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Wednesday, May 18, 2011

Empowerment: What & How?

The Upanishads are said to contain four ‘Mahavakyas’ – great sayings. One of them is ‘Aham Brahmasmi’ – ‘I am that infinite’. What an assertion! It identifies the inmost consciousness of the individual with that of the supreme Spirit. This poses a question, of course, from a different perspective: why this comparison- “I am that”; why this longing for associating ourselves with what we think is the highest? The very living, which is a repetitive affair resulting in a kind of crudeness, brutality, making us dull, stupid, and insensitive, might have compelled seers of yore to search for a better meaning to life. Thus came the preaching: associate with god, the highest, for a quality of refinement which alone can afford meaning and a purpose to life. A kind of getting empowered, to experience a state of absolute, permanent, eternal peace. For this to become a reality, the longing for empowerment must come from within; else, empowerment remains a mere myth.

In the folklore of HRM, there is a grand belief that by distributing power across the organization, managements can improve employee productivity, quality of out put, and ultimate customer satisfaction.

To better appreciate the significance of this belief in enabling businesses to exhibit ‘customer-responsiveness’, let us take a look at a service-oriented industry like banking. The systems-dominated decision making process developed during the days of old management paradigm which is still practiced in a majority of the Indian banks, entrusted the decision-making to the top management, while keeping the front-line employees, who are directly interacting with customers day-in and day-out, shackled to their desks. And these are the employees who indeed have all the information and knowledge about the customers and the expertise to cater to the changing needs of customers promptly.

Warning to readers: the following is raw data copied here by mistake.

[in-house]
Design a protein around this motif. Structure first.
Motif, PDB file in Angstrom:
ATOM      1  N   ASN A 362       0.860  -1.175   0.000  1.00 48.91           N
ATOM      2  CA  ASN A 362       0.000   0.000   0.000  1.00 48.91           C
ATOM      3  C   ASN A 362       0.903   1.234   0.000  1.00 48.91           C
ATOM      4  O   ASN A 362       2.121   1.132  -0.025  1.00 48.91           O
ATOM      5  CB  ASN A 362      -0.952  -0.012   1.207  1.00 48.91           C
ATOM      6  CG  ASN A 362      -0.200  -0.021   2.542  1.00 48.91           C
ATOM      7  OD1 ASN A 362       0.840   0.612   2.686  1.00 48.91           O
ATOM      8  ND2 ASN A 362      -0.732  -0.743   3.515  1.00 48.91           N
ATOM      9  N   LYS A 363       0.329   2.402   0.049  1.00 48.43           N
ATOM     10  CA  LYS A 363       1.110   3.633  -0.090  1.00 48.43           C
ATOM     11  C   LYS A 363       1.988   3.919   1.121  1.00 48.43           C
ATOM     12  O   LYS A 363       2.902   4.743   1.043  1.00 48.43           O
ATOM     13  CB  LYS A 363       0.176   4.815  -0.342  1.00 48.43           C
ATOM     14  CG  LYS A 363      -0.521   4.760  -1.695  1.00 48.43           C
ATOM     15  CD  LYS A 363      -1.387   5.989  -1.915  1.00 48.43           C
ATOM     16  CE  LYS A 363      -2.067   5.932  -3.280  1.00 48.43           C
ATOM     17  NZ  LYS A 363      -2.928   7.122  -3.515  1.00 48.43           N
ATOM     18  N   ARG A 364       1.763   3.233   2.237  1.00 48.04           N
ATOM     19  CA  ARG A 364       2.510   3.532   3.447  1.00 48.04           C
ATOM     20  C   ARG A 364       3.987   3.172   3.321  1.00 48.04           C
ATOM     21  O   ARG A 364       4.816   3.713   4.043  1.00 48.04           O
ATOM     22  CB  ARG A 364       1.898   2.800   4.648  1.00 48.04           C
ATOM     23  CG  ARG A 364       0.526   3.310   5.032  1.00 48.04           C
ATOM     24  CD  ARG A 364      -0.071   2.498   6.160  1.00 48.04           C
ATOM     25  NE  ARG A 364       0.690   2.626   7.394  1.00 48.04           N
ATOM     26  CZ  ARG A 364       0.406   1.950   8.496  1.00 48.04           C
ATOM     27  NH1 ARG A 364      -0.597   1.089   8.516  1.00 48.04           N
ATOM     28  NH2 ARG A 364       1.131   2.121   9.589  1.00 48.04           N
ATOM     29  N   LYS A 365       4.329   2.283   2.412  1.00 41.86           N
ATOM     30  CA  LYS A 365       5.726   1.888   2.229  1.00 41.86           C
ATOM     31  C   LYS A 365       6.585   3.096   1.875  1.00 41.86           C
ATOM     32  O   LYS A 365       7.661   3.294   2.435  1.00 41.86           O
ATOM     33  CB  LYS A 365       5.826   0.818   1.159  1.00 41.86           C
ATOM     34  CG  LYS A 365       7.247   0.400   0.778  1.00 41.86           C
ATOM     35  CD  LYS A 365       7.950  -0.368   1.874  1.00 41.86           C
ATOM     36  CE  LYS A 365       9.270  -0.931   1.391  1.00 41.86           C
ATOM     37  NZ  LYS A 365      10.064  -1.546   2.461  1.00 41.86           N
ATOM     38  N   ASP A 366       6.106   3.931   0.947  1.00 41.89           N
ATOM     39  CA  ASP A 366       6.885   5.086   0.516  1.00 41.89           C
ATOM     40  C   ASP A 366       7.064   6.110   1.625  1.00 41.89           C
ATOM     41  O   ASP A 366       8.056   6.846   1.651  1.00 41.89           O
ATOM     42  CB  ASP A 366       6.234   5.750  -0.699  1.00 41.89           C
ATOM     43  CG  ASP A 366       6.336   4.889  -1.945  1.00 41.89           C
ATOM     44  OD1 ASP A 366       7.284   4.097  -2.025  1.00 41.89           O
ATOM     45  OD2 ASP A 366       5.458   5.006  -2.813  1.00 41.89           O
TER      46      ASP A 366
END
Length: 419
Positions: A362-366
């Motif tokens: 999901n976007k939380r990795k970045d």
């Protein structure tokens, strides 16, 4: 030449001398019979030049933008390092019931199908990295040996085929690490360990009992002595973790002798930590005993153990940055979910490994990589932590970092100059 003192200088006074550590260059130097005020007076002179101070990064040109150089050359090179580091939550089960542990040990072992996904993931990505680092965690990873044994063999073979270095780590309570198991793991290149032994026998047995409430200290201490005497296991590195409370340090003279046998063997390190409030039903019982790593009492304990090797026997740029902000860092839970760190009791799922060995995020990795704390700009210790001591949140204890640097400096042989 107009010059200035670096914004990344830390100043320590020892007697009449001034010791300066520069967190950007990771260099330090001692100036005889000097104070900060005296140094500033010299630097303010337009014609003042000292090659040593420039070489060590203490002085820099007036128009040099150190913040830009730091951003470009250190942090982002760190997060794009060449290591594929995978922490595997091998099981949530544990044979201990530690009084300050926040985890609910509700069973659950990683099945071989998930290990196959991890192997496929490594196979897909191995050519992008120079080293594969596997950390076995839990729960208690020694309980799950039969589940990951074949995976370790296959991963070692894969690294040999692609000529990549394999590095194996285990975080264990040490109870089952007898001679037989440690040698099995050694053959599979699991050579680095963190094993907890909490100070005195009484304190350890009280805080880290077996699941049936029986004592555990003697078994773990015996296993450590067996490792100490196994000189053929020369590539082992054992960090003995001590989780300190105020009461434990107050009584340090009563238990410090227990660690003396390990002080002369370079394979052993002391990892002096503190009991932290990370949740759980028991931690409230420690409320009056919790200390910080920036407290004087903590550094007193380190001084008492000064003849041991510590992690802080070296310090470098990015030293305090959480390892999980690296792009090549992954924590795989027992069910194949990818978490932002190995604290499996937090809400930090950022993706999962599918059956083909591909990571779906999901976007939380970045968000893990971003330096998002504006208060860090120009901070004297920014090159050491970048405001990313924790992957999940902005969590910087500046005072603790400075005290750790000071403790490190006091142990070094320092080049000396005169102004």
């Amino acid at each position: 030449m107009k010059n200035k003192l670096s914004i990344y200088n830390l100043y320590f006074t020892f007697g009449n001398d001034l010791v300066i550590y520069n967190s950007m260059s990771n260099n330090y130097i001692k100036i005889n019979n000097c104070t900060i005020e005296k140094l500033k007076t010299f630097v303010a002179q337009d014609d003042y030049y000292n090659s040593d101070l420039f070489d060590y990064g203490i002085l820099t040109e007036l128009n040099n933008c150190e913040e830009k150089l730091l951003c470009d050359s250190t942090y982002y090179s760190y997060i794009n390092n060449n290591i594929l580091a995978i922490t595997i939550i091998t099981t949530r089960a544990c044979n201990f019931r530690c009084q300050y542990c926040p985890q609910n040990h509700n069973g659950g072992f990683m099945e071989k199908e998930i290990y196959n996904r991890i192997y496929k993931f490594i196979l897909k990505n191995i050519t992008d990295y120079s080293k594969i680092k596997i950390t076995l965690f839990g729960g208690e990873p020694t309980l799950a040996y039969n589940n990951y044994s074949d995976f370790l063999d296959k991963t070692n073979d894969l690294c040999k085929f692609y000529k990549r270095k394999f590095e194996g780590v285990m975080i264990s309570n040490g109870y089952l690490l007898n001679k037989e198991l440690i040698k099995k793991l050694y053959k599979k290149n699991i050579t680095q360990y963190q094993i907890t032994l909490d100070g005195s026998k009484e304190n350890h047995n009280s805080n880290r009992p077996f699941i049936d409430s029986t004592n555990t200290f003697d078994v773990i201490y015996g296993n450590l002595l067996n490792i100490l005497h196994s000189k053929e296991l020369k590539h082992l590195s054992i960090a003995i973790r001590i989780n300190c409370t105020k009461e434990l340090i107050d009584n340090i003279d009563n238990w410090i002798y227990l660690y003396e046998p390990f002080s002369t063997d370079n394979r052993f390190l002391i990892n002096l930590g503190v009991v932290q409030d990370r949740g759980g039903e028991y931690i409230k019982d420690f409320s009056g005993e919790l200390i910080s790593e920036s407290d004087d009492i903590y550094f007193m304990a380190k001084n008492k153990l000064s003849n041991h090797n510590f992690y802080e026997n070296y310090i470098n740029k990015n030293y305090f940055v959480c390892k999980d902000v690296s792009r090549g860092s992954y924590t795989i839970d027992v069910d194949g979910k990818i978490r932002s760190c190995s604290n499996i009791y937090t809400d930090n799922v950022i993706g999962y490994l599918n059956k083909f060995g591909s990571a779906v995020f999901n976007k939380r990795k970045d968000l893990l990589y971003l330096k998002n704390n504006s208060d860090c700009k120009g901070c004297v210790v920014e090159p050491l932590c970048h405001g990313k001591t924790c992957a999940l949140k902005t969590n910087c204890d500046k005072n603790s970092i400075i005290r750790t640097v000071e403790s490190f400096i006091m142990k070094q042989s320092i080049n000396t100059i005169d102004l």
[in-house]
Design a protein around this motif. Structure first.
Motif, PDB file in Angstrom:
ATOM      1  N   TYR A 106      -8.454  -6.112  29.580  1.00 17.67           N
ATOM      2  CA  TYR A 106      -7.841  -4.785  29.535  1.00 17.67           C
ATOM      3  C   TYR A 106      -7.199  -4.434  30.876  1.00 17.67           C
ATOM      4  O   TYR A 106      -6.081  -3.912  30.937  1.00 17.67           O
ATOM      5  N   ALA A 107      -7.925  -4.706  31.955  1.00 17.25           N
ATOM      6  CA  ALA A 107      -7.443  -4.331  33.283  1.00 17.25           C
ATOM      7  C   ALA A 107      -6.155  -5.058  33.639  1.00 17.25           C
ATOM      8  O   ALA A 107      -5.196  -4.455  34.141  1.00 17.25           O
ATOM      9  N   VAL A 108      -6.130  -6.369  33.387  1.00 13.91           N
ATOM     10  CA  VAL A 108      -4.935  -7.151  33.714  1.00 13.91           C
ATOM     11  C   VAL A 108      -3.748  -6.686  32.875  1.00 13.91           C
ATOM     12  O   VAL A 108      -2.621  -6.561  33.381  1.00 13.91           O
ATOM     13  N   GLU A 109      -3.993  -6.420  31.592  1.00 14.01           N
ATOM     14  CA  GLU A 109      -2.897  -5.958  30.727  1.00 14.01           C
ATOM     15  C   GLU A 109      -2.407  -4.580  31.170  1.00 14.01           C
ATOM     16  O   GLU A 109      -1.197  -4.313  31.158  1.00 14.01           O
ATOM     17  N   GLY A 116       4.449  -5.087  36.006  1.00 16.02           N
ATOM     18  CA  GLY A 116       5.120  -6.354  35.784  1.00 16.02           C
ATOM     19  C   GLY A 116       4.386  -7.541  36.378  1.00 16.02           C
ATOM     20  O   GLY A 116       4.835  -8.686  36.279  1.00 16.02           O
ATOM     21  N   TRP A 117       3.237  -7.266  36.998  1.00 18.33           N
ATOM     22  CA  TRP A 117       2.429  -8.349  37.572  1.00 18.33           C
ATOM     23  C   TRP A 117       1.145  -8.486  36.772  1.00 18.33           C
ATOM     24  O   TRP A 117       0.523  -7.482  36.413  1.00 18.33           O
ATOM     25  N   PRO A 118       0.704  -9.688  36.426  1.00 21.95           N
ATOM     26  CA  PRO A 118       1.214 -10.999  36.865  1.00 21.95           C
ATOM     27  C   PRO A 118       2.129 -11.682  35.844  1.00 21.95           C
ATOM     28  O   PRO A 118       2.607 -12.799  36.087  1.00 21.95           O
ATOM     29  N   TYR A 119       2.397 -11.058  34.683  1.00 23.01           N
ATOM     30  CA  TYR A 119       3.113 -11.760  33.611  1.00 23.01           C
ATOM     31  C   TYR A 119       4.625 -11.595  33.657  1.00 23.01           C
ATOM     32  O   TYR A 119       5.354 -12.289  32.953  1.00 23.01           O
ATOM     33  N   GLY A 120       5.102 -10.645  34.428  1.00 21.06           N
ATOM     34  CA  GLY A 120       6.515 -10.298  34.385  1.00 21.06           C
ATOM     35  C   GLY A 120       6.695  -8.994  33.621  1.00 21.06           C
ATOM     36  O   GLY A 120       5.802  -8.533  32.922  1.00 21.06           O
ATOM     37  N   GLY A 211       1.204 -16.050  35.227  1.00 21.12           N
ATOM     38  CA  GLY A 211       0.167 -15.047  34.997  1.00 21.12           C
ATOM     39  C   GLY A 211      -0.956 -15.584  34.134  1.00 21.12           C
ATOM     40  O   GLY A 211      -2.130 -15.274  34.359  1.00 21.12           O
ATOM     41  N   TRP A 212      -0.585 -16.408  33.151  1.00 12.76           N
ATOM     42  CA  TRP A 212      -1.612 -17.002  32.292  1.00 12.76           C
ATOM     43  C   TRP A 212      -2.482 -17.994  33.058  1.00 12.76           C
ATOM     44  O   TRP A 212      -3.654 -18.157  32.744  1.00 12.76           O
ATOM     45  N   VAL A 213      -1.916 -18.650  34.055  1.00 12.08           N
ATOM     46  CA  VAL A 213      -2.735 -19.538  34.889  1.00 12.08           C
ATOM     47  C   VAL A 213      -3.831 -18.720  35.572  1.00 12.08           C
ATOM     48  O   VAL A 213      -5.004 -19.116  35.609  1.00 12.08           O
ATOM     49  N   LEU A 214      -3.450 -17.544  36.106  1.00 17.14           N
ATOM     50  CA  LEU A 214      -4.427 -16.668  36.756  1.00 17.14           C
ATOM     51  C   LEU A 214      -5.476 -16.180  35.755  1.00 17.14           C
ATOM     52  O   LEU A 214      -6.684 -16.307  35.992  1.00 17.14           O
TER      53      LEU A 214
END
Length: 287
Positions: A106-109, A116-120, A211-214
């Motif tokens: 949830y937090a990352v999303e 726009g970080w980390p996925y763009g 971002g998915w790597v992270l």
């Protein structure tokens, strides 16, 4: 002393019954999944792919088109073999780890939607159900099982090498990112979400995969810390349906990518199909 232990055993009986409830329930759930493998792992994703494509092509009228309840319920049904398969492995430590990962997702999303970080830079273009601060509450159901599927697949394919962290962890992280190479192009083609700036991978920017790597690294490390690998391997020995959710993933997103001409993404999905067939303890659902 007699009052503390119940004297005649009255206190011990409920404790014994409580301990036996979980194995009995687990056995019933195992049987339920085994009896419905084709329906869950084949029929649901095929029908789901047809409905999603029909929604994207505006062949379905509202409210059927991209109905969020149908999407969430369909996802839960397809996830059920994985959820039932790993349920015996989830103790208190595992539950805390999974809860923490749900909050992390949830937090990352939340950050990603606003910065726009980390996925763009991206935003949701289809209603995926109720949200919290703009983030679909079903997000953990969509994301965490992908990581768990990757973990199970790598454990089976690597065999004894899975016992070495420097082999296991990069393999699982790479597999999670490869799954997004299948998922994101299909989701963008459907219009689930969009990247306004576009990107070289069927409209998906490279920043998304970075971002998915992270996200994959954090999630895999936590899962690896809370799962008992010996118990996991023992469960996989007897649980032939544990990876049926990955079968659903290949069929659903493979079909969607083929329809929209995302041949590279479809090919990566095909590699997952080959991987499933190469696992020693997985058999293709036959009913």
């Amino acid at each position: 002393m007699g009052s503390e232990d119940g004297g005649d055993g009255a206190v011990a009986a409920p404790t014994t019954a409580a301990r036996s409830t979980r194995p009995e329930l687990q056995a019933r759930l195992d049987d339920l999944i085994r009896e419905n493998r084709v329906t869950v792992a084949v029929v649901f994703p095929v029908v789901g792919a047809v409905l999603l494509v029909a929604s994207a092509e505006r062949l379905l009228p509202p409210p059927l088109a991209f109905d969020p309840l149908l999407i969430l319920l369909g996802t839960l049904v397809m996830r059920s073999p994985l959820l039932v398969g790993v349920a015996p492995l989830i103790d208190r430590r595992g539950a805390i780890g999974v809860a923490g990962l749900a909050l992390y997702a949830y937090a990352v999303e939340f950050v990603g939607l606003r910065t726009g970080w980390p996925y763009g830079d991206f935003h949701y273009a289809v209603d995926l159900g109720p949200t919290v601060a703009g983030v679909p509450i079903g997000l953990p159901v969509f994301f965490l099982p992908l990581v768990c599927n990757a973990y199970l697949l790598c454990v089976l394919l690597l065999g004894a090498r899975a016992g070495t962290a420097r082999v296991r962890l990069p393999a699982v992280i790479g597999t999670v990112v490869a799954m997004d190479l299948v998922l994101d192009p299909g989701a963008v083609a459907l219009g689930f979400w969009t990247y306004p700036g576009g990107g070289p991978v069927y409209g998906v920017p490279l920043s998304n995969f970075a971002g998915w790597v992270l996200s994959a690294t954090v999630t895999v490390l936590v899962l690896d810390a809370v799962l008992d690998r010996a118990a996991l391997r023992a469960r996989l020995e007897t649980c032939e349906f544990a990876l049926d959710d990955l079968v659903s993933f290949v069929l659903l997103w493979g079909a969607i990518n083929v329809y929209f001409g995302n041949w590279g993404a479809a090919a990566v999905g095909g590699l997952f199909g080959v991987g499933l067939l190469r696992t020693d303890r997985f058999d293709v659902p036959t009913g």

In a service-oriented industry where knowledge revolution is bringing in rapid changes, the old belief that top management alone could define priorities and monitor operations through management information systems has become an illusion. Secondly, it is also becoming increasingly evident that the old ‘systems-driven’ model is suppressing the individual initiatives. This increased awareness, particularly in the new economy businesses, is driving the executives towards the newfound ‘employee empowerment’.  And thus ‘empowerment’ promoted by the management gurus and marketed by consultants has become the ‘in thing’ of corporates.

What is Empowerment?

According to Oxford dictionary, ‘empowerment’ means: “the action of empowering someone” or “the state of being empowered”. In the organizational context, ‘empowerment’ is sharing of power with employees under the hope that it enhances their feelings of self-efficacy.